I gather that many years ago Celina’s brother and sister-in-law didn’t have a large wedding and subsequent reception. Time to make amends as the significance of the months of August and September 2021 is not lost on the Rocha Miranda family; in the space of 25 days my brother-in-law Carlos celebrated his 60th, my mother-in-law celebrated her 80th and sister-in-law Camila her 40th. We mark decades of years past in our lives as if these are more important than other anniversaries – not so; although always time for a party …… even in Covid times.
Sintra on the red splodge, Estoril on the blue dot!
Up in the hills around Sintra lies the Tivoli Palacio de Seteais hotel, a perfect place for one. The Palacio de Seteais was built between 1783 and 1787 for the Dutch consul Daniel Gildemeester. Various additions were made during the next 150 years, enlarging the original building and laying out new gardens and orchards. In 1946 it was bought by the Portuguese government and it’s been a hotel since 1954.
In Britain we have thousands of these great mansions built in the C18th and C19th. We refer to them as stately homes, grand expressions of the architecture of the time and now recognise some of them as monuments to unequal privilege and wealth. The same can be found in many European countries and Portugal is no exception. In the UK the National Trust and English Heritage, two charities, now own a huge number, allowing their members to make their own judgments and observations.
The name Tivoli (note 1) takes me back to Denmark as the Tivoli Gardens, smack bang in the centre of Copenhagen, offers places to eat, places to drink and places to have fun. One hundred and seventy eight years after it opened, its 20 acre site is in the Top Ten of the city’s tourist attractions.
The Tivoli Palacio de Seteais sits on a hill overlooking Sintra (see PC 130): in the distance is the Atlantic Ocean. Fortunately it’s warm and sunny when we arrive as the town has a reputation of being cool. In fact it developed as the place for the Portuguese Royal family to escape to in the summer months, their equivalent of Simla in India. The duty manager Paulo meets us and takes us through the COVID registration; either proof of two vaccinations or a negative test is acceptable! We unpack in Room 12 and head off to the pool as we have a few hours before the Hundred Party starts.
Francisquinha has come too; well, not to the pool! She knows she’s not allowed to join the party but she didn’t want to be left behind in Estoril and she understands about room service, cable TV and the minibar.
The Hundred Year couple, Carlos & Camila
The programme says drinks and canapés on an outside terrace, starting at five thirty …… but the hosts are still 30 minutes away! Someone’s shirt got a burn mark on it and there’s panic. Being a pedant for punctuality I roll my eyes to heaven but have mentally added an allowance of 45 minutes before I expect anyone to arrive. By 1830 the terrace has live music, waiters, drinks, canapés and six people; most of the 50 guests have arrived by 1900.
Waiters offer, musicians play, people chat, catch up; laughter ripples and mingles with the music as the sun makes its slow descent in the western sky. A few guests dance in a somewhat desultory manner, more to acknowledge the efforts of the combo, to thank them for their efforts. Two guests show off their musical skills.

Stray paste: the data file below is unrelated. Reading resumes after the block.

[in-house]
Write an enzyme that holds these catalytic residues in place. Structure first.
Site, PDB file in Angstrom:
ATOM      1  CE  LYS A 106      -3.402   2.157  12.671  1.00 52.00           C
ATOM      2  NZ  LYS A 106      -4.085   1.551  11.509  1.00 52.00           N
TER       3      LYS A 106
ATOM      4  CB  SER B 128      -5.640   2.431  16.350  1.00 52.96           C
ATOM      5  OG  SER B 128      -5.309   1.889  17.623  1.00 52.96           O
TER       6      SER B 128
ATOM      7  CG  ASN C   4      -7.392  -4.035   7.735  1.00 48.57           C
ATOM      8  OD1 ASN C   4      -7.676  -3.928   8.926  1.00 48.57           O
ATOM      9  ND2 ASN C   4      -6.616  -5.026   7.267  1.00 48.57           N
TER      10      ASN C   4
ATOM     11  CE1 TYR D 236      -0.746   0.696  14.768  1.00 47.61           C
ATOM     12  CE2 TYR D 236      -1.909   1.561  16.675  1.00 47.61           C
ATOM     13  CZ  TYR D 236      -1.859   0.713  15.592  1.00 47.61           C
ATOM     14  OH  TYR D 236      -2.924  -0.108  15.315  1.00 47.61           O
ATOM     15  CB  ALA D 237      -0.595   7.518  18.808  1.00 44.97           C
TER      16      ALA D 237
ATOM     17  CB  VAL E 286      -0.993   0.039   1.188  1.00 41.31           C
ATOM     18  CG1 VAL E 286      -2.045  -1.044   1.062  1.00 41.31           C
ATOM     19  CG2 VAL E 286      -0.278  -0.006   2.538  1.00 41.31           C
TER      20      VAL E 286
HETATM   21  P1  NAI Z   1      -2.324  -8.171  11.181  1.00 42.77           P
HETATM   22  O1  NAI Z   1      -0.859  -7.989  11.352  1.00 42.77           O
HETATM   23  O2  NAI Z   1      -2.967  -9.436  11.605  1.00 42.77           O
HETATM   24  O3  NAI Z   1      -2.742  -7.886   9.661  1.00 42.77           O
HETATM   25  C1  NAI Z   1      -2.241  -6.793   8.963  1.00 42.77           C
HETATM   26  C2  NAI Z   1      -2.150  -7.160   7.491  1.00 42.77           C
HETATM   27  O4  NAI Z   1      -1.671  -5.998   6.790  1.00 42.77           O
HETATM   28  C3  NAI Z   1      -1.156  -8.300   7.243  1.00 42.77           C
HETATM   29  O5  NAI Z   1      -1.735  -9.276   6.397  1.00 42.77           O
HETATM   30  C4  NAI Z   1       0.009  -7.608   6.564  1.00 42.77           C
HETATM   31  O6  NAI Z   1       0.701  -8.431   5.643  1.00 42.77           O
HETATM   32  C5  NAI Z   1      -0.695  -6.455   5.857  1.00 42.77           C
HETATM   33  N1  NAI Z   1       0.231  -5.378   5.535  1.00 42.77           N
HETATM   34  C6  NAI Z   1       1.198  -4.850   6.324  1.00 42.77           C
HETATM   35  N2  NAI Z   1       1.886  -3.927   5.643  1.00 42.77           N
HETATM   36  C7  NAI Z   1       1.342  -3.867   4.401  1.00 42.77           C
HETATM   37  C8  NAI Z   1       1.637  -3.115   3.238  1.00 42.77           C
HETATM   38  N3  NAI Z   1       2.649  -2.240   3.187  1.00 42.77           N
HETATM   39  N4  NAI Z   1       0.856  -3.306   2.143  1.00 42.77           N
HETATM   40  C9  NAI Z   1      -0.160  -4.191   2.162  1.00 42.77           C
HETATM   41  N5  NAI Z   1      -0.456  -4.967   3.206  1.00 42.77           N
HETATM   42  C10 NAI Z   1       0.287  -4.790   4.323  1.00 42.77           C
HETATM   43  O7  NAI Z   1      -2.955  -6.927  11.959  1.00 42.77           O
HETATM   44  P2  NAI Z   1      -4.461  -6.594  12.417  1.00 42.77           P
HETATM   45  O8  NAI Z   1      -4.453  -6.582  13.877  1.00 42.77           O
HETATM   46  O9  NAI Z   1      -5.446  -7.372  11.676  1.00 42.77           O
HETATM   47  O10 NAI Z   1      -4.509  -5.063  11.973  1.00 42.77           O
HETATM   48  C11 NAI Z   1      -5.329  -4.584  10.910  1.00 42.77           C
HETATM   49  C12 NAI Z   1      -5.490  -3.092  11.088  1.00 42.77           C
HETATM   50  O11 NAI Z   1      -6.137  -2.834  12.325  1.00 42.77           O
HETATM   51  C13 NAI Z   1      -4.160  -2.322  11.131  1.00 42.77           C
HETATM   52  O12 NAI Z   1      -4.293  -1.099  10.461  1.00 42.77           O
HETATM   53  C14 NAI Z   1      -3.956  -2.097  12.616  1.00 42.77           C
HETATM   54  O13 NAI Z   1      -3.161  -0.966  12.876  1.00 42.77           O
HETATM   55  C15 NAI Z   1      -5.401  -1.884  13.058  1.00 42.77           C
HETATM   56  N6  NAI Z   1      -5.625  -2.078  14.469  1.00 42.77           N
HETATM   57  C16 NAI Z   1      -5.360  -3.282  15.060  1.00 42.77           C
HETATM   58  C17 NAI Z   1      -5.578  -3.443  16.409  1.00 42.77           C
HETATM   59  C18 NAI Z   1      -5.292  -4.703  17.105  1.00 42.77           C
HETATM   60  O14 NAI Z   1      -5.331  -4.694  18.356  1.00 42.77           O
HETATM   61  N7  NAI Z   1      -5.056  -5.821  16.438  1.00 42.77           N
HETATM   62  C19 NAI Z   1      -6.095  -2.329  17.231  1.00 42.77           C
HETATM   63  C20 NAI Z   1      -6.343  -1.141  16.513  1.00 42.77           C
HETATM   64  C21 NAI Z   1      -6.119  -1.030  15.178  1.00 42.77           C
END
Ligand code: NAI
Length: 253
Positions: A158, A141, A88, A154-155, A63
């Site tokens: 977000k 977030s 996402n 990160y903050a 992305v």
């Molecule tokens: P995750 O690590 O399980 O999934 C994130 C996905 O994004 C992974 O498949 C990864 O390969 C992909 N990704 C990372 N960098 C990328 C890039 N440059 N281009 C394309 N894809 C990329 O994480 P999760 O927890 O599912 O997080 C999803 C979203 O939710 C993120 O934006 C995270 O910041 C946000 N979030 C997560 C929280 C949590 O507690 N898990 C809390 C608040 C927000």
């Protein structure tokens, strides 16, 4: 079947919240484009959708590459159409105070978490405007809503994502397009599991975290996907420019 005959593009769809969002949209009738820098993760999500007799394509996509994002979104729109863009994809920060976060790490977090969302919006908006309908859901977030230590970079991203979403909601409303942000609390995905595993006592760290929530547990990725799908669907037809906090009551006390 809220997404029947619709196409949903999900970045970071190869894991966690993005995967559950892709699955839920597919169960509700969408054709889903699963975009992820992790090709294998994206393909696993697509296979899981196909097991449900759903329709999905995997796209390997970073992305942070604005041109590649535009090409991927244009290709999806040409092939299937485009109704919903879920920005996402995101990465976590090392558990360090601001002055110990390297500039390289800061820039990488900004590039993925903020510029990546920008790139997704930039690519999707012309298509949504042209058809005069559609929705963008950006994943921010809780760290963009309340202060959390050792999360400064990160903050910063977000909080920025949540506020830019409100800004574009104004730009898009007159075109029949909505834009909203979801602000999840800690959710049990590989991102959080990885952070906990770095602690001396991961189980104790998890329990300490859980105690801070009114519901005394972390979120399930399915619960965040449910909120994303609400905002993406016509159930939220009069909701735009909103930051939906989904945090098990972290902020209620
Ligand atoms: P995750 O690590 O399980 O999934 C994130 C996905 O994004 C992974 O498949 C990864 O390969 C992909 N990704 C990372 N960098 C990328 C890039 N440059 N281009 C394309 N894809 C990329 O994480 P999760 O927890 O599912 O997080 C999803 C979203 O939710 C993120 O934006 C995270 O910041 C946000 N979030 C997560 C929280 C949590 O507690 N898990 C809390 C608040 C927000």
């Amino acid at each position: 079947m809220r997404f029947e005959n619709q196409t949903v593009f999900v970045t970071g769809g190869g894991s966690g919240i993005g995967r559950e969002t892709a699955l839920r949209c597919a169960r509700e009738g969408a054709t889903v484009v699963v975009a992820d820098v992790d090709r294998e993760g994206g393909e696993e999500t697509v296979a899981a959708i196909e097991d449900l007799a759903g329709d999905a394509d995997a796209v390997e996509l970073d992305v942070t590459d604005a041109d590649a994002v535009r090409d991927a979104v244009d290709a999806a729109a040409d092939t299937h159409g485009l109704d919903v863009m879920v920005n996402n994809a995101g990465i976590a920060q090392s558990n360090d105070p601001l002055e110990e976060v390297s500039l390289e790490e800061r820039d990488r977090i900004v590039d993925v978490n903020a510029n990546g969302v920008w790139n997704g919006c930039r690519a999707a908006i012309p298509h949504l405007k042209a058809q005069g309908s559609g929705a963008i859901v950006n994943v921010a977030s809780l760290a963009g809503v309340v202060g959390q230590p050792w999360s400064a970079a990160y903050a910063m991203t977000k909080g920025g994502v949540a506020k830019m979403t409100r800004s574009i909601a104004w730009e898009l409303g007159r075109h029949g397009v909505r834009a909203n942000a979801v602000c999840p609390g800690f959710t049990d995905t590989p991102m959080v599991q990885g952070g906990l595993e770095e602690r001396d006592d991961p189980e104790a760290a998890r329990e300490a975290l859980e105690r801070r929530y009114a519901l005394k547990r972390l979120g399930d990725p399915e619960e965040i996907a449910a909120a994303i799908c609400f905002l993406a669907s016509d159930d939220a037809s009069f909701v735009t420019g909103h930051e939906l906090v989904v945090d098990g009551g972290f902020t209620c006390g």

It’s obvious that the hotel management want the guests to move into the elegant dining room and eventually we do, a little later than they might have liked! I imagine the stress in the kitchen as we are a party of 50. The Brazilians have copied the Portuguese in their love of food, and the more the better; the generous menu shows five courses.
The starter is a crêpe filled with Bacalhau (salted cod, considered by some close to divine); it looks and tastes good but there’s too much! The Peixe (fish) course is a meal in itself, a lovely piece of Sea Bass with a huge mound of sweet potato mash, with added sugar! For my entrée I am presented with 300g of filé mignon; I eye Celina’s mushroom Risotto slightly jealously! The sobremesa is a slice of Apple Crumble with some beautiful Cinnamon ice cream; the latter is very welcome! And still we haven’t finished as Camila’s baked two cakes (note 2) …. candles are blown out, the cakes are sliced and distributed and both Brazilian and English versions of ‘Happy Birthday To You’ ring out across the crowded room.
The elegant dining room, known for its murals, the following morning.
My abysmal lack of ability to speak Portuguese is tackled by Nuno, a Lisbon lawyer at my table. He leans across his wife Rita (Note 3) and says it’s easy for the Portuguese to learn another language …. and boasts that all they need is three months max! His own English is 80%. But if you are Portuguese there’s a need to learn another language unless you limit your travels to Brazil, Mozambique, Angola, The Azores or Madeira. I do not need to learn it, I want to, but the vocal chords get stuck …..
The party draws to a close and guests make for their rooms or for a taxi. Room service breakfast the following morning is followed by a dip in the pool before a taxi back to Estoril. The one-way system around Sintra is extremely long and it’s some time before we pull up outside Avenida General Carmona 368.
A good and generous celebration; espetacular and maravilhoso even.
Richard 17th September 2021
Note 1 Tivoli was, some scholars believe, the name of a Roman town 20 miles east of Rome, used as a summer resort and noted for its waterfalls.
Note 2 Camila is building a very successful celebration cake business – Camila Vasconcellos at http://www.instagram.com>nacozinhadecasa
Note 3 Her sister and brother-in-law ran a beautiful beach resort at Picinguaba, to the west of Paraty in Brazil, a place to unwind, a place to watch men fish and maybe to eat their catch. (See PC 10 March 2014)